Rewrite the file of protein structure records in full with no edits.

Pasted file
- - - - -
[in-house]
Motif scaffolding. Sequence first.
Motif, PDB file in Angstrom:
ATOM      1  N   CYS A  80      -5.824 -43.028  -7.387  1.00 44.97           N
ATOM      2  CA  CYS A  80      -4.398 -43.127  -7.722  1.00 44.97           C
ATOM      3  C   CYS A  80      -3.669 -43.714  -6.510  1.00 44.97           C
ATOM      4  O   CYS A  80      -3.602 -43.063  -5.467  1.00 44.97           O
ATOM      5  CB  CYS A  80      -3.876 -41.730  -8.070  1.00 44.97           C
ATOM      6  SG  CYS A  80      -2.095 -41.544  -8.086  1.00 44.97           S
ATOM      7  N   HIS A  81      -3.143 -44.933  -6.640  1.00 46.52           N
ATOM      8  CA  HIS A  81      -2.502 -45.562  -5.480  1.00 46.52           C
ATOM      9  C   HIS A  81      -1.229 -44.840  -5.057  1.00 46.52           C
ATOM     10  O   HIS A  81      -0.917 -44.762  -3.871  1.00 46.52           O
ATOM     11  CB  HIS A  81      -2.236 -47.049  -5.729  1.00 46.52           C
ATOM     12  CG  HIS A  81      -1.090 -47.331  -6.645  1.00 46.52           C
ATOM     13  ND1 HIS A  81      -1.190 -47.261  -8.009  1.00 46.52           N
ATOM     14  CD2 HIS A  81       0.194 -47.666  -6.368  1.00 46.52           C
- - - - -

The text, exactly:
[in-house]
Motif scaffolding. Sequence first.
Motif, PDB file in Angstrom:
ATOM      1  N   CYS A  80      -5.824 -43.028  -7.387  1.00 44.97           N
ATOM      2  CA  CYS A  80      -4.398 -43.127  -7.722  1.00 44.97           C
ATOM      3  C   CYS A  80      -3.669 -43.714  -6.510  1.00 44.97           C
ATOM      4  O   CYS A  80      -3.602 -43.063  -5.467  1.00 44.97           O
ATOM      5  CB  CYS A  80      -3.876 -41.730  -8.070  1.00 44.97           C
ATOM      6  SG  CYS A  80      -2.095 -41.544  -8.086  1.00 44.97           S
ATOM      7  N   HIS A  81      -3.143 -44.933  -6.640  1.00 46.52           N
ATOM      8  CA  HIS A  81      -2.502 -45.562  -5.480  1.00 46.52           C
ATOM      9  C   HIS A  81      -1.229 -44.840  -5.057  1.00 46.52           C
ATOM     10  O   HIS A  81      -0.917 -44.762  -3.871  1.00 46.52           O
ATOM     11  CB  HIS A  81      -2.236 -47.049  -5.729  1.00 46.52           C
ATOM     12  CG  HIS A  81      -1.090 -47.331  -6.645  1.00 46.52           C
ATOM     13  ND1 HIS A  81      -1.190 -47.261  -8.009  1.00 46.52           N
ATOM     14  CD2 HIS A  81       0.194 -47.666  -6.368  1.00 46.52           C